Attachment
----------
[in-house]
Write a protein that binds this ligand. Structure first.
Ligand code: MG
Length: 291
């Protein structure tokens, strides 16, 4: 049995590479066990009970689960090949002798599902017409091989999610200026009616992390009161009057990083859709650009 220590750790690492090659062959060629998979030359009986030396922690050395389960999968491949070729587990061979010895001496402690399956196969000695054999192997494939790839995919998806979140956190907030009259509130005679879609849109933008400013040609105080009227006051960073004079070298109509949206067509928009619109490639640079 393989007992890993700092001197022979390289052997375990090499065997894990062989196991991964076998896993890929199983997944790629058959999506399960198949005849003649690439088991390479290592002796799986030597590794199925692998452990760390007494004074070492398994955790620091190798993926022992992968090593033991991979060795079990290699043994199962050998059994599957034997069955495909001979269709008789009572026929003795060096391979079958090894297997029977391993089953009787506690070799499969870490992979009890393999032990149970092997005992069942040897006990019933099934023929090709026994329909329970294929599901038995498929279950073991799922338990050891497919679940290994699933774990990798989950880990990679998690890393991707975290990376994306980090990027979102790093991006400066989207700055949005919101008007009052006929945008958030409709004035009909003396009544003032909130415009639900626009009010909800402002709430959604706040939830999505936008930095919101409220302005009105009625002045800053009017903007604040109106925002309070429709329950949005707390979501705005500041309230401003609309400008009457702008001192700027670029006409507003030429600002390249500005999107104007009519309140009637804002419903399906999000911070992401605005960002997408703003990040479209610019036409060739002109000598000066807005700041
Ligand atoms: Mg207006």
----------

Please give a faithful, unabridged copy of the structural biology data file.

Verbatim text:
[in-house]
Write a protein that binds this ligand. Structure first.
Ligand code: MG
Length: 291
């Protein structure tokens, strides 16, 4: 049995590479066990009970689960090949002798599902017409091989999610200026009616992390009161009057990083859709650009 220590750790690492090659062959060629998979030359009986030396922690050395389960999968491949070729587990061979010895001496402690399956196969000695054999192997494939790839995919998806979140956190907030009259509130005679879609849109933008400013040609105080009227006051960073004079070298109509949206067509928009619109490639640079 393989007992890993700092001197022979390289052997375990090499065997894990062989196991991964076998896993890929199983997944790629058959999506399960198949005849003649690439088991390479290592002796799986030597590794199925692998452990760390007494004074070492398994955790620091190798993926022992992968090593033991991979060795079990290699043994199962050998059994599957034997069955495909001979269709008789009572026929003795060096391979079958090894297997029977391993089953009787506690070799499969870490992979009890393999032990149970092997005992069942040897006990019933099934023929090709026994329909329970294929599901038995498929279950073991799922338990050891497919679940290994699933774990990798989950880990990679998690890393991707975290990376994306980090990027979102790093991006400066989207700055949005919101008007009052006929945008958030409709004035009909003396009544003032909130415009639900626009009010909800402002709430959604706040939830999505936008930095919101409220302005009105009625002045800053009017903007604040109106925002309070429709329950949005707390979501705005500041309230401003609309400008009457702008001192700027670029006409507003030429600002390249500005999107104007009519309140009637804002419903399906999000911070992401605005960002997408703003990040479209610019036409060739002109000598000066807005700041
Ligand atoms: Mg207006």